Covering Rkt With Fondant...

Decorating By Starkie Updated 26 Jun 2009 , 4:00pm by annieluz

Starkie Posted 23 Jun 2009 , 2:34pm
post #1 of 14

Do I need to coat my RKT with anything before covering with MMF? Like BC or piping gel? I'm covering a tall, vertical surface, and I don't want my fondant to slide down.

TIA!!

<Starkie>

13 replies
CanadianCakin Posted 23 Jun 2009 , 3:31pm
post #2 of 14

I have never covered it with anything and it held nicely the stand up fish on my Fathers day cake was RKT covered in fondant and had 0 problems with it.
The only thing though is your fondant will be really bumpy and textured so if you are looking for a smooth finish I would make sure your fondant is thick or do a thin layer wet the top of that then do the final layer so you don't see the bumpiness.
There me be other ways to do this if there are I would really like to hear them! icon_wink.gif
HTH!

annieluz Posted 23 Jun 2009 , 5:18pm
post #3 of 14

*bump*

i would LOVE to know the answer to this question as well...

icon_smile.gif

tiggerjo Posted 23 Jun 2009 , 5:32pm
post #4 of 14

I also need to know as I am going to try a lighthouse. When figures are made out of RKT, are they hand molded or carved?

Starkie Posted 23 Jun 2009 , 5:42pm
post #5 of 14

I am hand-molding the leg for the base of my cake now. I would think it would be easier than carving it. Don't make my mistake ~ wait until the RKT are completely cool before you start molding!!!

Still waiting on others to chime in about coating the RKT before covering with fondant!

Peridot Posted 24 Jun 2009 , 1:35pm
post #6 of 14

Do a search for RKT and Rice Krispie Treats and that will give you a lot of info. I covered my round RKT cake with BC and let it crust and then covered with fondant. Turned out great.

I know that some people melt chocolate (white or dark) and cover it - filling in all of the spaces and covering the bumps. Some people use ganache either white or chocolate with great success - this has to set overnight. Then there are those who do a very thin layer of fondant and let that set up and then apply a thicker layer. Be careful that you don't loose the shape of your leg (I am thinking that is what you are going to be doing as I have read your other post - cool idea). I certianly would cover it with a light layer of something or you are not going to have a smooth surface.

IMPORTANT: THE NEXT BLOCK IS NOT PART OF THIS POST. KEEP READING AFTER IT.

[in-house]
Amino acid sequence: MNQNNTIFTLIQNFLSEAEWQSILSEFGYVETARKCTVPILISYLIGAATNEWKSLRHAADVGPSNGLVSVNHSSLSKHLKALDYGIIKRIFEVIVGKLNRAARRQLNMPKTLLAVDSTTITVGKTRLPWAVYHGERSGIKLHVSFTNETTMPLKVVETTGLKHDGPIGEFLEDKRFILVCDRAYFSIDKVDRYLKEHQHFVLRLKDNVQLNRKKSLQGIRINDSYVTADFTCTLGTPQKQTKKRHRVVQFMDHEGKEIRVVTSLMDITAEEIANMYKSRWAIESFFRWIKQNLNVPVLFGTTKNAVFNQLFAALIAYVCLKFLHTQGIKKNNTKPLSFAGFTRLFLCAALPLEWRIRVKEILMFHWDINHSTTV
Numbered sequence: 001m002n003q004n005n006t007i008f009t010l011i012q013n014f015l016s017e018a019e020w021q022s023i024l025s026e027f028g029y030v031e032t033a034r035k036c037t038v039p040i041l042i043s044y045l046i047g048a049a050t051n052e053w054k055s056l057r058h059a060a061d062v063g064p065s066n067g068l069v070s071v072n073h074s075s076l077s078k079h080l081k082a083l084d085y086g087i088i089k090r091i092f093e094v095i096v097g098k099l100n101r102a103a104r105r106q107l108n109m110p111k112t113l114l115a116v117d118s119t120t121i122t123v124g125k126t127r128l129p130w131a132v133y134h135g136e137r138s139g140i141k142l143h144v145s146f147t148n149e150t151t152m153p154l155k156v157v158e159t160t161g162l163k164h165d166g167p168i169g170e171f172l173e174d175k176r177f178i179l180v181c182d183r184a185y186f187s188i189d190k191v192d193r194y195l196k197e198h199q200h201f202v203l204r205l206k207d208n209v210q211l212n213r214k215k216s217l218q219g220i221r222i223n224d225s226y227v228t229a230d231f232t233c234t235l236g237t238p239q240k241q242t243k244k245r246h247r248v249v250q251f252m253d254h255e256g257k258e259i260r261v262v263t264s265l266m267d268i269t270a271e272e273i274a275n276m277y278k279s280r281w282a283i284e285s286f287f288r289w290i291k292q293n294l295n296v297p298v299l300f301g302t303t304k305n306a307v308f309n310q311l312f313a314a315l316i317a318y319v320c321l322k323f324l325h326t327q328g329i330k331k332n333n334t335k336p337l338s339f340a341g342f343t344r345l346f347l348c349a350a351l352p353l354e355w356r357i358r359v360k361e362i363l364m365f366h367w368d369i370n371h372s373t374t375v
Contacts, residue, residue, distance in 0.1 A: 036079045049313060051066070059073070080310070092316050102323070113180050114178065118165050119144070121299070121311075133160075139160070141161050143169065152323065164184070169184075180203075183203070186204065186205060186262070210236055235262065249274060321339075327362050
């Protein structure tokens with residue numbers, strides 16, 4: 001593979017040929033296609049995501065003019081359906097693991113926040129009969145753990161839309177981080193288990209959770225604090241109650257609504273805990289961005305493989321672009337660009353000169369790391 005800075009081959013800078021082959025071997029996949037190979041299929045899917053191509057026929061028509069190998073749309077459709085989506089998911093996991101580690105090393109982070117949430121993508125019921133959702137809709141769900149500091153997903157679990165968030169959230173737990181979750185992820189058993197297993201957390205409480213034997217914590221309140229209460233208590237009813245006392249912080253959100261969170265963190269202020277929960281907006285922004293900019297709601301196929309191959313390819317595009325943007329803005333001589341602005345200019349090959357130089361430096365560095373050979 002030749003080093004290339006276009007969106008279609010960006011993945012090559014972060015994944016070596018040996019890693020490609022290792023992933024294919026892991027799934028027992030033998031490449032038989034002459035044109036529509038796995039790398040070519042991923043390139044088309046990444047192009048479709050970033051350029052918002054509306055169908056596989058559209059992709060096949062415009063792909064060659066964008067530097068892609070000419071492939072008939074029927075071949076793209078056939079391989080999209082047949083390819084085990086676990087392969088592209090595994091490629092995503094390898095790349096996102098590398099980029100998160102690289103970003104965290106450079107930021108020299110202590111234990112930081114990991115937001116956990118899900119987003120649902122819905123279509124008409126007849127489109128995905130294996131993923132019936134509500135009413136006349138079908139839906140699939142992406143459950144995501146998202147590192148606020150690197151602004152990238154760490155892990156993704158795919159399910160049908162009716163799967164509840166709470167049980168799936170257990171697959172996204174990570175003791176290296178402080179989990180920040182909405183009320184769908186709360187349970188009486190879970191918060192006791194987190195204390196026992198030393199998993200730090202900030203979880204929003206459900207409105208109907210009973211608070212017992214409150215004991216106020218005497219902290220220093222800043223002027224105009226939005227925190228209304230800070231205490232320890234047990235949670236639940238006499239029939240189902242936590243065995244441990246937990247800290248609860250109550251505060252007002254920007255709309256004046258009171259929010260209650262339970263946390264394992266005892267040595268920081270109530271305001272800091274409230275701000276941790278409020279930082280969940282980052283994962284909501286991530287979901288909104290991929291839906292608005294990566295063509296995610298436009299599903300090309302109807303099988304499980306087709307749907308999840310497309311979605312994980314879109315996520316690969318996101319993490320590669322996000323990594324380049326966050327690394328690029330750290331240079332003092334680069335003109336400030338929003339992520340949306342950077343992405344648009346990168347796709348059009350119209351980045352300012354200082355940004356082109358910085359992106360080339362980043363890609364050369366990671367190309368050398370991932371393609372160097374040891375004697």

Rylan Posted 24 Jun 2009 , 3:29pm
post #7 of 14

Covering RKT with fondant may give you lumpy results. I usually put two layers of fondant. I'll place the 2nd layer right away -- that will help smoothen things out. Some people use BC over RKT and under fondant with great success.

kakealicious Posted 25 Jun 2009 , 12:24am
post #8 of 14

I've tried it both ways. The first time I used 2 layers of fondant. Then I tried covering the RKT with modeling chocolate (candy clay) and then I applied the fondant. It worked great and was really smooth. I've also seen this done on Food Network Challenge and Ace of Cakes. Good luck!

2txmedics Posted 25 Jun 2009 , 2:49pm
post #9 of 14

Ive never used this before and I have a beer mug cake to do tomm...I was going to make the handle out of RKT's...Ive read where others have done this...but my question is this...I want to cover it in b/c icing not fondant.

Im in Texas, wont the heat keep the RKT soft? and it start falling? I want to use it for the handle and the pouring effect. But I dont want the heat to melt down the design.

jillycakes Posted 25 Jun 2009 , 2:58pm
post #10 of 14

I am in the process of making a book that is standing up vertically. I covered my RKT w/ white chocolate ganache, using a hot knife to smooth the ganache, and let it set up for about 12 hours. The ganache covered the RKT bumps beautifully and gave me a nice smooth surface to cover w/ fondant. I misted the book lightly w/ water before applying the fondant.

Starkie Posted 25 Jun 2009 , 3:21pm
post #11 of 14

2txmedics, as long as you put the RKT in the fridge to set up, you will be fine. It will get pretty hard, and then you can ice it with BC. I ived my leg with BC, then smoothed it out, then put on the fondant. The leg looks awesome (except where my seam is ~ that was really tough!), and it hardly has any bumps in it. Hopefully, once I put the SugarVeil lace on it (for the fishnet hose) it will look even better!

Next time, I might try ganache and see how that works. As it is, my BC seeped out a little at the seams, and that makes things messy.

kakedreamer1212 Posted 26 Jun 2009 , 12:40am
post #12 of 14

I cover mine with the choc. candy clay. Because of the temp. of your hands, you can rub it till it's really smooth, then I apply a bit of piping gel (to help fondant stick) and then my fondant and have found this to work really well in smoothing out the lumps.

Starkie Posted 26 Jun 2009 , 12:47am
post #13 of 14

I covered my "leg" with BC and smoothed it out. Then I applied a thick (about 1/2") layer of fondant. The seam in the back was a pain, but hopefully I will hide it with the fishnet hose. Anyway, it came out pretty good, I think! And what woman's leg doesn't have a bit of cellulite, anyway???

<M>
LL

annieluz Posted 26 Jun 2009 , 4:00pm
post #14 of 14

Looks great! and yea I can see the little bit of "cellulite" near the seam! LOL... and you hand carved it? awesome!

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